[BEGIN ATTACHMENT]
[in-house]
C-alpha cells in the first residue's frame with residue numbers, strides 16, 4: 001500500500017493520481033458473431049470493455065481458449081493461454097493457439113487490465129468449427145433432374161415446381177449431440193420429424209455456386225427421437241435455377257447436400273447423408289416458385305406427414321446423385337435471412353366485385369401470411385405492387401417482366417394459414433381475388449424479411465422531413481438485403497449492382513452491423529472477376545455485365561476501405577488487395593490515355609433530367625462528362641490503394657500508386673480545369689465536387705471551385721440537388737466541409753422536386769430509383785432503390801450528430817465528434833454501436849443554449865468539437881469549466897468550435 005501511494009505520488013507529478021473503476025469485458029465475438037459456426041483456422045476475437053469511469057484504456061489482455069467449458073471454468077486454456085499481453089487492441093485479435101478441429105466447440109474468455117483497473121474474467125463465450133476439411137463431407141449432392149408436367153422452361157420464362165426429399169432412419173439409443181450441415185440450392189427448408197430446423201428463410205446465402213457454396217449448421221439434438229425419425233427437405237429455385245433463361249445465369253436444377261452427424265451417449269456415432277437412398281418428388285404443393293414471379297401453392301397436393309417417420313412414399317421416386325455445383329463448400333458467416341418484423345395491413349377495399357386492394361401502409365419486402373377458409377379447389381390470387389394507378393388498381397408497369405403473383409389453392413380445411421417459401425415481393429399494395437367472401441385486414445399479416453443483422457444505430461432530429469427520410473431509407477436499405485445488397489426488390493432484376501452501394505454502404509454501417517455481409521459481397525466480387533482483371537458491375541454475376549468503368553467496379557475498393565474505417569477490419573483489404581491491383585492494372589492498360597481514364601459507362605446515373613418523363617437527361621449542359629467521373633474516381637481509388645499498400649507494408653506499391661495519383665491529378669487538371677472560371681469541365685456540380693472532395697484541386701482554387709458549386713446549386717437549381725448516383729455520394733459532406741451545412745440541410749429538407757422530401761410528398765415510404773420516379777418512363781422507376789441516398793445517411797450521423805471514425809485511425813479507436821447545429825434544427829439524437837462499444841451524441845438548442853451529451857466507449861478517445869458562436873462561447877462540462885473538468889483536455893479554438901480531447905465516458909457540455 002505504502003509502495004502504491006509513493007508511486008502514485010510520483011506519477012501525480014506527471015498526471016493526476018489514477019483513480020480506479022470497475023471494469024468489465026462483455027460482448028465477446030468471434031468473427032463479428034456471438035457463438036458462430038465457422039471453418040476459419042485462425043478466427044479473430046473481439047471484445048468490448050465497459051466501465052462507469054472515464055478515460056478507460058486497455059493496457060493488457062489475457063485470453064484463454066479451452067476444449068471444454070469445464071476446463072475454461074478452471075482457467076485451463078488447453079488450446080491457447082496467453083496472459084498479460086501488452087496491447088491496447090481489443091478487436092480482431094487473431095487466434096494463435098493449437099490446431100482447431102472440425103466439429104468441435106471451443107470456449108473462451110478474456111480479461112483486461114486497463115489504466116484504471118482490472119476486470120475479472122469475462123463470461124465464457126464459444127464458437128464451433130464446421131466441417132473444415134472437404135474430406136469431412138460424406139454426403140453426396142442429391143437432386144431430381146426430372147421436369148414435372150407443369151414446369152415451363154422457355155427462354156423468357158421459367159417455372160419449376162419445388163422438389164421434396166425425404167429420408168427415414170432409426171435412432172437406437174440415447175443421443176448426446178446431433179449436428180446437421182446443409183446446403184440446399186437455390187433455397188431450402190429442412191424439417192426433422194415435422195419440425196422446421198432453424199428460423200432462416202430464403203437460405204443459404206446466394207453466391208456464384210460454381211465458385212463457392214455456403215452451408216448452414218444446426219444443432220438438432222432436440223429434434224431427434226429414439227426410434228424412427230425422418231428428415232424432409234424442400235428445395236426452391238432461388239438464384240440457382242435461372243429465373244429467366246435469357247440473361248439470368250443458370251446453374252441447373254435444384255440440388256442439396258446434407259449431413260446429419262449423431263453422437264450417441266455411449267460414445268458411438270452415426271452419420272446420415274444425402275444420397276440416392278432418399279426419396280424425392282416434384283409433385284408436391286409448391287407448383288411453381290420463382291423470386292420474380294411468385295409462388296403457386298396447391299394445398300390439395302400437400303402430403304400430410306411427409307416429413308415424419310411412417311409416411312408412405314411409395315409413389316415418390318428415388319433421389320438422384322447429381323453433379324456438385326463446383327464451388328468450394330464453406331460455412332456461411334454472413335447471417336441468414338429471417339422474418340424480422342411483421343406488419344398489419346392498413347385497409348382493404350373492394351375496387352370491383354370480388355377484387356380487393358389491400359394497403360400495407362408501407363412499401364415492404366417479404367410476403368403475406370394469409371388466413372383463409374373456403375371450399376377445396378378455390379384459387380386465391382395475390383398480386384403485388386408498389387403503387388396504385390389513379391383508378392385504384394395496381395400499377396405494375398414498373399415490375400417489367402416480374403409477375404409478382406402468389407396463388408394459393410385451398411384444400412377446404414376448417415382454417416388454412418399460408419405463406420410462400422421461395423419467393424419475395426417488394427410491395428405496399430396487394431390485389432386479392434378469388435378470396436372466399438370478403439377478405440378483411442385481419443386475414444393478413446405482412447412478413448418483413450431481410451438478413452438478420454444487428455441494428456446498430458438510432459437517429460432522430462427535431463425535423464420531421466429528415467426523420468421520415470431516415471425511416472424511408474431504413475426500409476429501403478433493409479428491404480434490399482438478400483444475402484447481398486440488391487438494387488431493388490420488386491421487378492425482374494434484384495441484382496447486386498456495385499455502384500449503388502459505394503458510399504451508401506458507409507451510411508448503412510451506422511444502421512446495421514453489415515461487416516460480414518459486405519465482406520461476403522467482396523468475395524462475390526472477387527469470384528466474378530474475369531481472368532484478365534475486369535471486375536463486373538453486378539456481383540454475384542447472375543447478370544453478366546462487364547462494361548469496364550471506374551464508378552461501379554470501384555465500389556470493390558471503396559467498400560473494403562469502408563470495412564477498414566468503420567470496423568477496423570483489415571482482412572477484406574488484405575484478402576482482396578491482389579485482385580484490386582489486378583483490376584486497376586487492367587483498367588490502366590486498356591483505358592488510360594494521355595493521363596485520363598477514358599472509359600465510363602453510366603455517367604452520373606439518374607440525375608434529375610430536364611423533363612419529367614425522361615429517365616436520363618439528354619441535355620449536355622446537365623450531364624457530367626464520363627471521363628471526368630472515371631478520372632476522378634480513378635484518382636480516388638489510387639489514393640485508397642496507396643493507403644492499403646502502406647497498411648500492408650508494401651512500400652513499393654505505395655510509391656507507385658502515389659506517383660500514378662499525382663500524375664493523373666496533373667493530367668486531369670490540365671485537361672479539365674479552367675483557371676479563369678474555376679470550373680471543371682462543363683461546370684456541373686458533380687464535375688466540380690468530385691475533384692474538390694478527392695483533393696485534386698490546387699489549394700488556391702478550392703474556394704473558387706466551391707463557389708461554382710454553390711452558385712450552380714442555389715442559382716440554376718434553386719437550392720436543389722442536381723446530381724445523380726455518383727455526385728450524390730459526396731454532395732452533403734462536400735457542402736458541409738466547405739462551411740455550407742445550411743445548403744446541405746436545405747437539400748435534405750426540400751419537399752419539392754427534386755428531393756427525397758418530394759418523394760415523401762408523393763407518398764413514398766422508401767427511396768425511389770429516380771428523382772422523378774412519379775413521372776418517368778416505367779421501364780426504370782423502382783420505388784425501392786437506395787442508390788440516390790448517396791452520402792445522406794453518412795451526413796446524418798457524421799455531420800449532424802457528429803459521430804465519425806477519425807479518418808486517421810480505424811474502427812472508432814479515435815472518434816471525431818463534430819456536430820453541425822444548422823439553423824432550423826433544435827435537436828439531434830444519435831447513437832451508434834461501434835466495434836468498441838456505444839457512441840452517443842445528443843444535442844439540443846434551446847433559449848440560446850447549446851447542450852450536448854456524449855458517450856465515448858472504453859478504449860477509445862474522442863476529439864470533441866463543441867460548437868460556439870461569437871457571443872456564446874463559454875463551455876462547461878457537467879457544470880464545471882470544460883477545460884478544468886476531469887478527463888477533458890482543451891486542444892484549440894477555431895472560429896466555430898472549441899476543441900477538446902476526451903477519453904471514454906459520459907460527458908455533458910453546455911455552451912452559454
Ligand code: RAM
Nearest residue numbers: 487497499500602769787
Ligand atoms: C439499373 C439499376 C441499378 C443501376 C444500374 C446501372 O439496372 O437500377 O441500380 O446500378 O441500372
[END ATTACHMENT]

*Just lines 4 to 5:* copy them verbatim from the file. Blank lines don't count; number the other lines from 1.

Nearest residue numbers: 487497499500602769787
Ligand atoms: C439499373 C439499376 C441499378 C443501376 C444500374 C446501372 O439496372 O437500377 O441500380 O446500378 O441500372